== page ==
Registered drama therapist and licensed counselor Deborah Antinori discusses the loss of elderly parents with Dr. Heidi Horsley. As adult children, losses can be minimized and disenfranchised. Loved ones don’t offer the same level of support or seem to worry as much about adult children compared to teens and young children—however, our parents are our parents no matter our age. Common responses are, “Well, the parent has lived a good, long life,” but that doesn’t make it any easier for the adult children. The last dance is one that can be traumatizing, even when the death is expected.

You’re connected to your parents from birth. There’s a sense that someone is protecting you. Losing a parent can be especially tough for those who had abusive parents. Adult children may feel ambivalence. There are also issues with dementia and Alzheimer’s that can come before a loss. There’s no such thing as an easy loss of an elderly parent. Preparing yourself by being proactive is key.

Getting Ready for Loss

Go to a gerontology specialist (with your parents if they’re open to it). However, there’s no full way to prepare. Little things keep popping up, from a parent’s birthday to shopping at a certain store where you spent a lot of time with your parent. The silver lining is that, when a parent dies of age, adult children do have some timeframe to prepare for the loss. It’s not “sudden,” even if the death itself is sudden.

It’s also common to respond differently than you think you would. For example, some adult children have the loss hit them hard, while others go numb. Seeking out a support network can help usher you through this difficult time, from professional help to family members.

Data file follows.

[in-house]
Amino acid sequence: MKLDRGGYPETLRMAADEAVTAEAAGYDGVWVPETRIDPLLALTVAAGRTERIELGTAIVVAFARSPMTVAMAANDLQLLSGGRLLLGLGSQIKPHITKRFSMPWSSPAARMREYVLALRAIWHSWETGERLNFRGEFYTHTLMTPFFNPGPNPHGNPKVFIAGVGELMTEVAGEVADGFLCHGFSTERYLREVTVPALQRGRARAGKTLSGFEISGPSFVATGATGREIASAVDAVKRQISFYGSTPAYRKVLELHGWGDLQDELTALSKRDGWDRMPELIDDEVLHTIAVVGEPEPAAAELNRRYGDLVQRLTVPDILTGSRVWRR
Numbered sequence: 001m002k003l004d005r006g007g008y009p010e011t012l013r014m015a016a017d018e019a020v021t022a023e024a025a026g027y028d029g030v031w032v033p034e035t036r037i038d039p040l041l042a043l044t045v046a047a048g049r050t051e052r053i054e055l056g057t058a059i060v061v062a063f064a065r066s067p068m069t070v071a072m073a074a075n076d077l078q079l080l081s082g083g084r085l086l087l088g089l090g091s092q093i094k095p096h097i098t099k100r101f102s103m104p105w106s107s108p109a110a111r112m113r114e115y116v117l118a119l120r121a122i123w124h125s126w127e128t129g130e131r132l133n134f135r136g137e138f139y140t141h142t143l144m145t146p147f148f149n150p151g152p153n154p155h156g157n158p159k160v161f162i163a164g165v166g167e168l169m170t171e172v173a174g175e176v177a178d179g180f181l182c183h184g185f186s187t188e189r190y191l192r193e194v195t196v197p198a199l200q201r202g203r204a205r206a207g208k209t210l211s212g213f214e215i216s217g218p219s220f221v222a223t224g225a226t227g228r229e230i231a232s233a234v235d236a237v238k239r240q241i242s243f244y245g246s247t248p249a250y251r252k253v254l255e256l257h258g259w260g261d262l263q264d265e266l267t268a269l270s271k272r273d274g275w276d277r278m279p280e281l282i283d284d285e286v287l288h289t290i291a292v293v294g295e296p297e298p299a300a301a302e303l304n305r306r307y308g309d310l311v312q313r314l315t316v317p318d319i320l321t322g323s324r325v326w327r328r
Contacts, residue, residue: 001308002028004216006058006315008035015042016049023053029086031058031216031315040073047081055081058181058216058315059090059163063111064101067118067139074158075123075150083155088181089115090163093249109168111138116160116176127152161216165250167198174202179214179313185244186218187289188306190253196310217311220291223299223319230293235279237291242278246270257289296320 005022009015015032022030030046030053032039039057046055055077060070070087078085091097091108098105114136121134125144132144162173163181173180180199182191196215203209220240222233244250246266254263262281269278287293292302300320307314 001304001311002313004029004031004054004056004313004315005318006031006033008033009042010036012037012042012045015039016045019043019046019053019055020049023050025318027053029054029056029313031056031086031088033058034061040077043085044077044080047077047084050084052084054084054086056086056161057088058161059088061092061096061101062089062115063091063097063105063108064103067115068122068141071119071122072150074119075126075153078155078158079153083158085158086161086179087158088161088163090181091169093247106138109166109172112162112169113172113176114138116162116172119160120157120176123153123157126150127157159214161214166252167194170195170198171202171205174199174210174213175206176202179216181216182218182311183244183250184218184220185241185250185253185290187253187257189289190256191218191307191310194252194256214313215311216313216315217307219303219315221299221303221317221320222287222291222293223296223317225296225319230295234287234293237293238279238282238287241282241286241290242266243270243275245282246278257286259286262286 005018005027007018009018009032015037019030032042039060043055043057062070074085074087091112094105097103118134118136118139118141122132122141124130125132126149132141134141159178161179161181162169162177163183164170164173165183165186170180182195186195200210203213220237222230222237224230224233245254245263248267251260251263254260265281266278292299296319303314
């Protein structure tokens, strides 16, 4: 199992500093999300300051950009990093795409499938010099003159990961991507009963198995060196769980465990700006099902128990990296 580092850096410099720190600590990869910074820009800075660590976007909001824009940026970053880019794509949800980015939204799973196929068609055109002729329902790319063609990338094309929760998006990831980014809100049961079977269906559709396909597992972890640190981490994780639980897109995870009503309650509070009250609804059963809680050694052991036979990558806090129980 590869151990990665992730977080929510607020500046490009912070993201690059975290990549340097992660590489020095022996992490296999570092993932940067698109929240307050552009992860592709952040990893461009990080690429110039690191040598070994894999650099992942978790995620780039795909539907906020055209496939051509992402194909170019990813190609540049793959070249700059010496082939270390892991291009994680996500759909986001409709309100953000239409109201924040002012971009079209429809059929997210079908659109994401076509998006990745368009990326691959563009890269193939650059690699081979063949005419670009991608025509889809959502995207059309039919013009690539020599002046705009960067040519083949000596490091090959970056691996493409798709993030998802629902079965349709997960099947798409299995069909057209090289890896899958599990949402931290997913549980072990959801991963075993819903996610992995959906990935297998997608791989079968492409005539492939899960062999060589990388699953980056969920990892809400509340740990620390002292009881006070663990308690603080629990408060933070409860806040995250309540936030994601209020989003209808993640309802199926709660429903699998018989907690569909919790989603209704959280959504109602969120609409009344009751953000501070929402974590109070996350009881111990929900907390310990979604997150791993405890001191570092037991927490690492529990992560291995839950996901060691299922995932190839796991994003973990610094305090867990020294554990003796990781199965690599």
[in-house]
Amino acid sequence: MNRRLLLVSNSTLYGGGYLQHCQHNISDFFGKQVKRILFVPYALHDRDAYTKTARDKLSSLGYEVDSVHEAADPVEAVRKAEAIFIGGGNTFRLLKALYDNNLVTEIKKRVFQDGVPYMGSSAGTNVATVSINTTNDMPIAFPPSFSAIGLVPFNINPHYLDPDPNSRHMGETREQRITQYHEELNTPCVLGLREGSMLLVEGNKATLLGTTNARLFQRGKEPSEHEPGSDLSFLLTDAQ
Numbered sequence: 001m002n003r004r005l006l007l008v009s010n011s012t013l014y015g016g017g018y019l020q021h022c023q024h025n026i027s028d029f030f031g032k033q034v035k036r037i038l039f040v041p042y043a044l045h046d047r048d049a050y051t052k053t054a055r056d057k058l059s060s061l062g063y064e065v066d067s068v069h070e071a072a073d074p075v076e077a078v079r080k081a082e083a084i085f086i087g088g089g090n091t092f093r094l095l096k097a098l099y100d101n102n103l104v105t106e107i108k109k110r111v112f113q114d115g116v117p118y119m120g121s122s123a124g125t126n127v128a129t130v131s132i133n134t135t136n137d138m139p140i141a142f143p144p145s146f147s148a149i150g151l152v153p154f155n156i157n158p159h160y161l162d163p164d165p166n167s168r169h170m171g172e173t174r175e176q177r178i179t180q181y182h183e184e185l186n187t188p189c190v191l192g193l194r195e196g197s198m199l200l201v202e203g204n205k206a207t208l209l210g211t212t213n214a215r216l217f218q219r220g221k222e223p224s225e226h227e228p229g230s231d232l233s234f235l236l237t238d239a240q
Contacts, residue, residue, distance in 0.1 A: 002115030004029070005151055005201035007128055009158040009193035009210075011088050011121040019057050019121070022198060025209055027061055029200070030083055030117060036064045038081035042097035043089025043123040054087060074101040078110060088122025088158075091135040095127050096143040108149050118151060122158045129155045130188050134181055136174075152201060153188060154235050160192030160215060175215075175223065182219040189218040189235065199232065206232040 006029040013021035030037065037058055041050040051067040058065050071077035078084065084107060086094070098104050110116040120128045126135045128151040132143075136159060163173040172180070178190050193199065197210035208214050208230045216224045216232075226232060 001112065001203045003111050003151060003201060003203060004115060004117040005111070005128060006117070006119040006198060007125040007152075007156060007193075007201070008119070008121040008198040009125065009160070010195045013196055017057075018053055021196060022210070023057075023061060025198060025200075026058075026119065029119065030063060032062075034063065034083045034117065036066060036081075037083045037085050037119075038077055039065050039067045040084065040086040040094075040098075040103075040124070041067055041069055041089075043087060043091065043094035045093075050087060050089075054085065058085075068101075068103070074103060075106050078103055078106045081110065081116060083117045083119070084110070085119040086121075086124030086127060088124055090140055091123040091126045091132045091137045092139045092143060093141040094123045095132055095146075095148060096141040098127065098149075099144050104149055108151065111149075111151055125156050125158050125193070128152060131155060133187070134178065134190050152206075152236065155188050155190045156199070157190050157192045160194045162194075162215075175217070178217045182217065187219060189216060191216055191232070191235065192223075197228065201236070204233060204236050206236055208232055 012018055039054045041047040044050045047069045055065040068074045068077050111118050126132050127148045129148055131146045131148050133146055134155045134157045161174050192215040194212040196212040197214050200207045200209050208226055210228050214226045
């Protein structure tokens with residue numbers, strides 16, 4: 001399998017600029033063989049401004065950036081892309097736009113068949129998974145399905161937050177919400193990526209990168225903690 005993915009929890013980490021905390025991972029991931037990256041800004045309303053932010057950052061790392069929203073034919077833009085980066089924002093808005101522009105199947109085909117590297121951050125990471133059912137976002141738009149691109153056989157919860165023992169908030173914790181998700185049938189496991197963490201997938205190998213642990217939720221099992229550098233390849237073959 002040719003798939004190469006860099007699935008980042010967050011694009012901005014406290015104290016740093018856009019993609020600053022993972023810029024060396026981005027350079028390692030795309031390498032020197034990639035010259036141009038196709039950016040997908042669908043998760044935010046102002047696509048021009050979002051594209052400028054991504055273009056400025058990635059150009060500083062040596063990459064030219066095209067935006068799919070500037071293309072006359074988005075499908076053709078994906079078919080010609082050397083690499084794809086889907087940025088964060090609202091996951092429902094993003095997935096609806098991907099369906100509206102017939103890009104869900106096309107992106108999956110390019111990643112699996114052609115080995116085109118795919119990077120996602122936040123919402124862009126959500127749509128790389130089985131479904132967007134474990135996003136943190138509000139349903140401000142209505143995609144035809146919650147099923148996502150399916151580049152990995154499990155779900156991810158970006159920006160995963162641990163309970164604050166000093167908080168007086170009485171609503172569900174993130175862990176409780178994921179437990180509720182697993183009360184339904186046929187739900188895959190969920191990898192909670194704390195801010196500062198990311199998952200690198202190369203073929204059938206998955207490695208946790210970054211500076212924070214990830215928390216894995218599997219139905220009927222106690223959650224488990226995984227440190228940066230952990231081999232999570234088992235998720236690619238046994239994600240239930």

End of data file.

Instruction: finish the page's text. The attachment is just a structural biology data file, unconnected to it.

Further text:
Heidi Horsley

Dr. Heidi Horsley is a licensed psychologist, social worker, and bereaved sibling. She co-hosts the award-winning weekly cable television show and podcast, Open to Hope. Dr. Heidi is an Adjunct Professor at Columbia University, and an award-winning author, who has co-authored eight books, and serves on the United Nations Global Mental Health Task Force. She also serves on the Advisory Boards for the Tragedy Assistance Program, the Elisabeth Kubler-Ross Foundation, and Peace of Mind Afghanistan. She served on the National Board of Directors for The Compassionate Friends, and for 10 yrs. worked on a Columbia University research study looking at traumatic loss over time in families who lost a firefighter in the World Trade Center.

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